Commonalities in content of International children's book awards

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Children's book awards give us a mirror of the culture of a country and the books that children enjoy. This presentation examines major awards for children's books in as many countries as these awards could be determined.

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Commonalities in content of International children's book awards

  1. 1. COMMONALITIES IN CONTENT OF WINNERS OF INTERNATIONAL CHILDREN’S BOOK AWARDS Diversity Challenge Resilience: School Libraries in Action - The 12th Biennial School Library Association of Queensland, the 39th International Association of School Librarianship Annual Conference, incorporating the 14th International Forum on Research in School Librarianship, Brisbane, QLD Australia, 27 September – 1 October 2010.
  2. 2. INTRODUCTION
  3. 3. CRITERIA FOR EXAMINATION OF BOOKS Recipient of an international or regional award (state, province) between 2000-2010. Inclusion on an international book list such as the USBBY Outstanding International Books or the White Ravens Books were categorized by Format Genre
  4. 4. ANALYSIS 89 award winning books were chosen for an initial examination 40 books were chosen for a more in depth analysis. All of these books were child selected awards rather than adult selected.
  5. 5. WHAT WAS EXAMINED Type of protagonist (human, animal with human characteristics, etc. Age of protagonist Gender of protagonist (if important to the story) Theme/Plot (very general) Philosophy or spiritual beliefs or personal values Traditions or customs unique to country
  6. 6. AN OVERVIEW OF CHILDREN’S BOOK AWARDS
  7. 7. EARLY AWARDS US—Newbery, 1922 UK—Carnegie, 1937 US—Caldecott, 1938 NZ—Esther Glen Award, 1945 Australia—Book of the Year Awards, 1946 Canada—Book of the Year for Children, 1947 UK—Kate Greenaway, 1946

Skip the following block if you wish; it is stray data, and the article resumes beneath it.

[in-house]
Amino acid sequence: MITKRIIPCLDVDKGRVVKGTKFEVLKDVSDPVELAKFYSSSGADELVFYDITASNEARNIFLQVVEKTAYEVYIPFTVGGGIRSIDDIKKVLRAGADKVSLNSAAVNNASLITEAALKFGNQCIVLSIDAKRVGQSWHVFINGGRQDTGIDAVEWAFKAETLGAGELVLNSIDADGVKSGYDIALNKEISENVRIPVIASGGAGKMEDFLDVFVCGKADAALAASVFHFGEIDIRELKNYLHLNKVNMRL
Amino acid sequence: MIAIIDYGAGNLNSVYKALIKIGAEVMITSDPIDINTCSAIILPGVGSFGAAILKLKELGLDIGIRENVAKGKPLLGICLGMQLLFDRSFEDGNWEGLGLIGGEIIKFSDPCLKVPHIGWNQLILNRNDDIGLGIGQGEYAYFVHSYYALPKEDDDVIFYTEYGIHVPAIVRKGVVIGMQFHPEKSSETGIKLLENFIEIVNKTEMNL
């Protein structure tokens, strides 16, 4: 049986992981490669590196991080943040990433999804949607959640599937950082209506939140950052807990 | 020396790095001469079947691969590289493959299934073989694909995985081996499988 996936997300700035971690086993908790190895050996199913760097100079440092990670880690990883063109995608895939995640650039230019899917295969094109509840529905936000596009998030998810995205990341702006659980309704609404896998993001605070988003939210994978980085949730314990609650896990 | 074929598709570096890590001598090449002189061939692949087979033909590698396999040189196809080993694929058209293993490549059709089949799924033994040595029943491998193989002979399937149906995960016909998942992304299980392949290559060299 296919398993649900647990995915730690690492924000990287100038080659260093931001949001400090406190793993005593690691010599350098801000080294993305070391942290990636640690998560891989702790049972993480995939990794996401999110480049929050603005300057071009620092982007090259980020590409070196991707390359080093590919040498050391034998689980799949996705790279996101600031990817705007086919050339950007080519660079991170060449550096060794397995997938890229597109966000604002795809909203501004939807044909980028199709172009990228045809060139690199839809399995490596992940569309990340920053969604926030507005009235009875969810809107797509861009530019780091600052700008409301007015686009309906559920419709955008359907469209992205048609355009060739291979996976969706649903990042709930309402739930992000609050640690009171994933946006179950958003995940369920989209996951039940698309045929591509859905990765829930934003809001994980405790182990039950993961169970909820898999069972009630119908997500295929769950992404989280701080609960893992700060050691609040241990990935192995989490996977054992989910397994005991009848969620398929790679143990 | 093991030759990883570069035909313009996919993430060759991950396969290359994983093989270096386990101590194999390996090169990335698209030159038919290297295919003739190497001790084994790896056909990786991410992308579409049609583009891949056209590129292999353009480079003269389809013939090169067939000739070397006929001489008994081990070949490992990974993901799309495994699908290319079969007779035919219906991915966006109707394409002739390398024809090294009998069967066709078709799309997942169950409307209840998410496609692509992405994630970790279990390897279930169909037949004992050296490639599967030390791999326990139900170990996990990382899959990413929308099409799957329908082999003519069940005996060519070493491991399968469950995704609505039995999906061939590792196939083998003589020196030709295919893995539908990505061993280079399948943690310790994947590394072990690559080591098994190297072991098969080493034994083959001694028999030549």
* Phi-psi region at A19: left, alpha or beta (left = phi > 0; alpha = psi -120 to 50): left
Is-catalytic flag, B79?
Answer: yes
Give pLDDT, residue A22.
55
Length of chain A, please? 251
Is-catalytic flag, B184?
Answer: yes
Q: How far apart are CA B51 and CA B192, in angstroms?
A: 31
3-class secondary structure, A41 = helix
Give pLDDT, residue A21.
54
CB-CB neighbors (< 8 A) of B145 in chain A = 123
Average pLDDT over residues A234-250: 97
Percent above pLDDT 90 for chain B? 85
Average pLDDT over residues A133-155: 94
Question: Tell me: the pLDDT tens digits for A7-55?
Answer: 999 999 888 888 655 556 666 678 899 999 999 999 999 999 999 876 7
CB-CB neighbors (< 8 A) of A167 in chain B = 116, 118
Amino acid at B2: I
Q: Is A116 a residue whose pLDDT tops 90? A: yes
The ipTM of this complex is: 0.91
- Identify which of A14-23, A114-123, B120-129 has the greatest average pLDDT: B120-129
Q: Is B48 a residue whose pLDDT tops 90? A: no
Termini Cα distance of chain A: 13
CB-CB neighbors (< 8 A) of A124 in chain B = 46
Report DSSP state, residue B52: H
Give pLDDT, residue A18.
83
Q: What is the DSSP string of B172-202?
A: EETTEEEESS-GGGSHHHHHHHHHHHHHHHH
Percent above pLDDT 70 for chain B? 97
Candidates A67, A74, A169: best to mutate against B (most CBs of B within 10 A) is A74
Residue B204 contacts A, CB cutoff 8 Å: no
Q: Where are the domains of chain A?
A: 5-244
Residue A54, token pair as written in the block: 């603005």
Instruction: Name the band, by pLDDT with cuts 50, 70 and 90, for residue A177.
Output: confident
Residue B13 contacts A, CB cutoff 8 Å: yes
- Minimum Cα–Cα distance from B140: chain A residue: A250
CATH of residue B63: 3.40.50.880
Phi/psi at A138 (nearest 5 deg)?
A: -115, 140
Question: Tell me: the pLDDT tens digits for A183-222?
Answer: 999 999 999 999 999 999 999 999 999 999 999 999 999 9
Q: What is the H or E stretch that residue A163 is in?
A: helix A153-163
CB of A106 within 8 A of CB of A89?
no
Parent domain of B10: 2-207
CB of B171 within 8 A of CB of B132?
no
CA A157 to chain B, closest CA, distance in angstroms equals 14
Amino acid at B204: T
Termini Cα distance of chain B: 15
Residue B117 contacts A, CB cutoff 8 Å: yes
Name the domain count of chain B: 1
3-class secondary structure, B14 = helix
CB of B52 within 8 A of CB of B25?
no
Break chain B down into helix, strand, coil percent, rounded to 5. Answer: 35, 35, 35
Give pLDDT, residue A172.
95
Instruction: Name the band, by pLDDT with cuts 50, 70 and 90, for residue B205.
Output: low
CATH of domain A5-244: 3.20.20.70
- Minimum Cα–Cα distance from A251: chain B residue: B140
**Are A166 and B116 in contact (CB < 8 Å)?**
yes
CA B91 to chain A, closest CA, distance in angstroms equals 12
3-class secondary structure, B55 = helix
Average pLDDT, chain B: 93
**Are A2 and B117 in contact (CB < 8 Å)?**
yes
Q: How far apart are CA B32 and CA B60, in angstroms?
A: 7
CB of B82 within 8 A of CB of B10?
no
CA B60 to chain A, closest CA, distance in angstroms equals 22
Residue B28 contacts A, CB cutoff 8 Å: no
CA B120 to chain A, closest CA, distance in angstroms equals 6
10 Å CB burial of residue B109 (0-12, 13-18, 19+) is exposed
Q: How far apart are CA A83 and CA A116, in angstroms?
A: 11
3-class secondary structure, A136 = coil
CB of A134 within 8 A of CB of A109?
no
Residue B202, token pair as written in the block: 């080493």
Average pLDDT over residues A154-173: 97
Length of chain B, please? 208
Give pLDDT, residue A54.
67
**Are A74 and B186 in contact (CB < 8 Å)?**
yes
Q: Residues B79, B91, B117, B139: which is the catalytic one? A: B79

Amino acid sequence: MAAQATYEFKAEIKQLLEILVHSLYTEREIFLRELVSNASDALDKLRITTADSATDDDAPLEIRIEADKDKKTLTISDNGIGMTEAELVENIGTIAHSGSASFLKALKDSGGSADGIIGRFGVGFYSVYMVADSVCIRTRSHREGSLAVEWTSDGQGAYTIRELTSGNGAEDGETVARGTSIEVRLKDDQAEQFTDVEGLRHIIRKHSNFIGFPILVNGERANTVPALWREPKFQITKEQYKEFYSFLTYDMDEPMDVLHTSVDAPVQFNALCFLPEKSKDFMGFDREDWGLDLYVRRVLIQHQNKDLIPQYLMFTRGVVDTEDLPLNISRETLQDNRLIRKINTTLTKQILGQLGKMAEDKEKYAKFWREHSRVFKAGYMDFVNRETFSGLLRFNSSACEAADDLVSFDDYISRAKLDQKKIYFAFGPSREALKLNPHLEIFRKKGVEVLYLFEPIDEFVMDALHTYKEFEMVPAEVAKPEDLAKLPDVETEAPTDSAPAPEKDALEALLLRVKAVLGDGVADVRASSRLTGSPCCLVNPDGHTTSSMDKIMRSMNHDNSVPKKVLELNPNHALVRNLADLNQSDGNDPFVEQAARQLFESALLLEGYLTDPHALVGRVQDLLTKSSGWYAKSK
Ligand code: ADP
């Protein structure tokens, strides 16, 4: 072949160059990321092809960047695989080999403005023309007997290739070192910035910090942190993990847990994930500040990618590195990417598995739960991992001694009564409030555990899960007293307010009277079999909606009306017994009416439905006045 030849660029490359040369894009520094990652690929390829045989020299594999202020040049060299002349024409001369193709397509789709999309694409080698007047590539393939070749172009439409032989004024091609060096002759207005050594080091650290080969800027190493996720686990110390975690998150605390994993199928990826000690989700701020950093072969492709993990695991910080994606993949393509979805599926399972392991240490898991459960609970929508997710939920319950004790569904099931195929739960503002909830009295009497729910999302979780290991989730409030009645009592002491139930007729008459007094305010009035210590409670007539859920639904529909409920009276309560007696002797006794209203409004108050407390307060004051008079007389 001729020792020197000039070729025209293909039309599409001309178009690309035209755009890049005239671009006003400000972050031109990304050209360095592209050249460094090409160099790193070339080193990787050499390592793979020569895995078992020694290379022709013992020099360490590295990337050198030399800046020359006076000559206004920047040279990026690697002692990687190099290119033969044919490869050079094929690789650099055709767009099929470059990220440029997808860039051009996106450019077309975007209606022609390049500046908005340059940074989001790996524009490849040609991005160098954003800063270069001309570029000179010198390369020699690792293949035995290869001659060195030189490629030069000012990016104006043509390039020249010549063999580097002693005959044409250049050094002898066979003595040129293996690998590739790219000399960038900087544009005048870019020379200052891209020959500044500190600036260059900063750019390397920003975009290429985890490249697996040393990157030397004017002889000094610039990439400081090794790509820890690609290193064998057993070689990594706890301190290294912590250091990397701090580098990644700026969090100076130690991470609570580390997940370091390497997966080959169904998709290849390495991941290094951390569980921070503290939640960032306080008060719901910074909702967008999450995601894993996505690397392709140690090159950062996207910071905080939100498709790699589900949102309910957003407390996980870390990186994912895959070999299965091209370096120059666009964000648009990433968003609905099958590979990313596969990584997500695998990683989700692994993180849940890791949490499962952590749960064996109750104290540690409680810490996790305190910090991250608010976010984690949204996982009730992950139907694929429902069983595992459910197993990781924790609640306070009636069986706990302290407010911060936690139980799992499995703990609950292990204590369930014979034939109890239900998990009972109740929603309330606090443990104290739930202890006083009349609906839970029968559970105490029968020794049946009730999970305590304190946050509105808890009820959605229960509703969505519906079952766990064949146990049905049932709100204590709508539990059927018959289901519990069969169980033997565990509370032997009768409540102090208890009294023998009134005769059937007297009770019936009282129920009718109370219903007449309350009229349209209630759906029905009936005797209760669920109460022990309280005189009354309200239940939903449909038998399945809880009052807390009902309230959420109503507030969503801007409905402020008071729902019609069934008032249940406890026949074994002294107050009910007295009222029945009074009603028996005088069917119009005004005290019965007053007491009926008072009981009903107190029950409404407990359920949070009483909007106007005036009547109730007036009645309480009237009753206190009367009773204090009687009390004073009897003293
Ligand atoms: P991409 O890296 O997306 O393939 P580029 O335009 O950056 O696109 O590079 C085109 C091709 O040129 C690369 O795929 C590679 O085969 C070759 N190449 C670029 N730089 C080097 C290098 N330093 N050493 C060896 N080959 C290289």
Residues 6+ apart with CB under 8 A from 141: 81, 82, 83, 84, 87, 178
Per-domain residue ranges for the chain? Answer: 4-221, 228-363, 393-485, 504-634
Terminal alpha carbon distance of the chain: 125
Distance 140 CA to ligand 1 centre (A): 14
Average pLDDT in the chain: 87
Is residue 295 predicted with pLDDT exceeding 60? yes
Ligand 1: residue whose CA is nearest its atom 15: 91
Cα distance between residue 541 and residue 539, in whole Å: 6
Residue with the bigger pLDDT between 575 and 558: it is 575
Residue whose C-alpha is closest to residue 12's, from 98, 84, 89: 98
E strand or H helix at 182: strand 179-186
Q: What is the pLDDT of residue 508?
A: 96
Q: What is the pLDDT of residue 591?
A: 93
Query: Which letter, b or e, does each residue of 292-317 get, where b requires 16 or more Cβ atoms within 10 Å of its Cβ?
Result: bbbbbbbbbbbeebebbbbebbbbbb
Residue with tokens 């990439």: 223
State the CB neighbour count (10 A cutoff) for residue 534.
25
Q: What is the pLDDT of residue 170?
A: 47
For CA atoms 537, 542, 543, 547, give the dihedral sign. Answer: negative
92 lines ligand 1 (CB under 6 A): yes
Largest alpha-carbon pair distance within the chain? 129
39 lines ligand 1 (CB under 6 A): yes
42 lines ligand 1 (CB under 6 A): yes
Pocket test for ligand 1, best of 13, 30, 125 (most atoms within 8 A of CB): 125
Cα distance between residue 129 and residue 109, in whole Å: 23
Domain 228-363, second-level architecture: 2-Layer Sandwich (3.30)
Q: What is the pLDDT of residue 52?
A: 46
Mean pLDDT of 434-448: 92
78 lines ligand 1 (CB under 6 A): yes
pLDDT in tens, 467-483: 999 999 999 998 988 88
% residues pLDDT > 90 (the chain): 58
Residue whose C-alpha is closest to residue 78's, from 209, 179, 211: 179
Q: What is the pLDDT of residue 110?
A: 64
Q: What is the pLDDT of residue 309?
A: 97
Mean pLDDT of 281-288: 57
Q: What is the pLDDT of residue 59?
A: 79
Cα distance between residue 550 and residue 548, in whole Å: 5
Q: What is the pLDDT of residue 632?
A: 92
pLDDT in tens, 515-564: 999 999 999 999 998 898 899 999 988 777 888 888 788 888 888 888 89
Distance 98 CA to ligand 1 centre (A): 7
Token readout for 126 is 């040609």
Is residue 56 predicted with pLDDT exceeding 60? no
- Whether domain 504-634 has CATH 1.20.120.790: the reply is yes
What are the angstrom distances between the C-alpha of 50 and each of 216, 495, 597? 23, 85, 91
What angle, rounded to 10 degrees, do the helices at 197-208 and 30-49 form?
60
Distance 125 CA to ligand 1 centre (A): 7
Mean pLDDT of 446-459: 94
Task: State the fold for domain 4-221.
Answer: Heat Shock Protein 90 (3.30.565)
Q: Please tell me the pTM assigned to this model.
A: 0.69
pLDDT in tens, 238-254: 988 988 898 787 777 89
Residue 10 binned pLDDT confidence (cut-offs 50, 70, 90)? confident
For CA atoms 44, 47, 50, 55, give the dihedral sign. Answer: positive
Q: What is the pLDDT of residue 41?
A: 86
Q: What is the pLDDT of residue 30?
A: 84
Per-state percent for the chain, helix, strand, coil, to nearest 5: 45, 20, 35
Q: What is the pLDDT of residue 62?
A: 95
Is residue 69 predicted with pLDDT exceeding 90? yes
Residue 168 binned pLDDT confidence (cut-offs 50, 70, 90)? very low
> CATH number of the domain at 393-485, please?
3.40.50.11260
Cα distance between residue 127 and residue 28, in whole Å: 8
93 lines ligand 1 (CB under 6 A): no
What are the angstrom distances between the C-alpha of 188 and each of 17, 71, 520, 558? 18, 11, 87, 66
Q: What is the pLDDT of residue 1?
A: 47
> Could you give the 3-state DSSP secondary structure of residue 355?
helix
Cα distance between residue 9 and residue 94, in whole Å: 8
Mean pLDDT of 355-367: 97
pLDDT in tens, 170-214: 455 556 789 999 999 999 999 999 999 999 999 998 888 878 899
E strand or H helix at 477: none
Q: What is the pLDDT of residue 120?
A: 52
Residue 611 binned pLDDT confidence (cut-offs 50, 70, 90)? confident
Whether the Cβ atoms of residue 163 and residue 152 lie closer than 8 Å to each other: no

8. 8. ADULT SELECTED VS. CHILD SELECTED AWARDS Most national awards are adult selected while child selected awards tend to be state or regional awards.
  9. 9. CHILD SELECTED AWARDS
  10. 10. UNITED STATES AWARDS Every state except for Mississippi has a state book award The Pacific Northwest Young Reader’s Award is the oldest, first given in 1940. Five states and 2 Canadian provinces participate in this award. Kansas gave the first single state award in 1952 and Hawaii was second in 1959. US chapter of IRA also has a yearly Children’s Choice Reading List with 12,500 students choosing the list.
  11. 11. AWARDS FROM OTHER ENGLISH SPEAKING COUNTRIES These awards include, but are not limited to: Ontario, Canada—Ruth and Sylvia Schwartz Award, 1976 Australia—KOALA (Kids Own Australian Literature Awards, 1981 UK—Read House Children’s Book Award, 1981 Queensland, Australia—BILBY (Books I Love Best Yearly), 1990
  12. 12. WHAT THE AWARDS TELL US ABOUT CHILDREN AND READING
  13. 13. GENRE In the initial 89 books examined Realistic fiction—35 Fantasy—26 The remain books, all with fewer than 10 winners, were myth/legend/folktale, science fiction, historical fiction, mystery, and poetry Over half of the books were picture books
  14. 14. COUNTRIES WHOSE WINNERS WERE EXAMINED Besides the US, Canada, UK, Australia, and New Zealand, awards from the following countries were examined: Serbia, Slovenia, Ireland, Slovakia, Nicaragua, Iran, Philippines, Croatia, Kenya, Sri Lanka, South Africa, France, Scotland, Wales Several international awards were also examined.
  15. 15. GENERALITIES: AWARDS CHOSEN BY ADULTS
  16. 16. WHAT WON Books that reflect a country’s culture— especially myth, legend, and folktale Books about children using their imagination Books that teach lessons Picture books with animal characters Chapter books dealing with serious issues
  17. 17. CHILDREN’S CHOICE AWARDS
  18. 18. WHAT WAS EXAMINED Looked at 40 books—20 picture and 20 chapter books. These books were all from English-speaking countries because I could not verify the selection procedure for the other awards.
  19. 19. WHAT CHILDREN CHOSE—PICTURE BOOKS More likely to choose humorous titles Picture book winners generally had animal characters with human characteristics. More picture book characters were male than female. Plot and theme frequently dealt with solving problems and handling emotions. Culturally neutral
  20. 20. WHAT CHILDREN CHOSE—CHAPTER BOOKS 14 books were fantasy 14 books were volumes from series 3 books—Twilight, The Lightning Thief, and Eragon won awards from at least 2 countries A number of the winners have been made into movies Protagonist most likely to be male Parents and adults usually absent or ineffectual
  21. 21. CONCLUSIONS
  22. 22. There is not much overlap in child chosen and adult chosen winners. This overlap not only includes titles, but themes and type of book Obviously, this initial research barely scraped the surface of the subject and much more work needs to be done: Awards from more countries Discovery of award criteria Number of books examined

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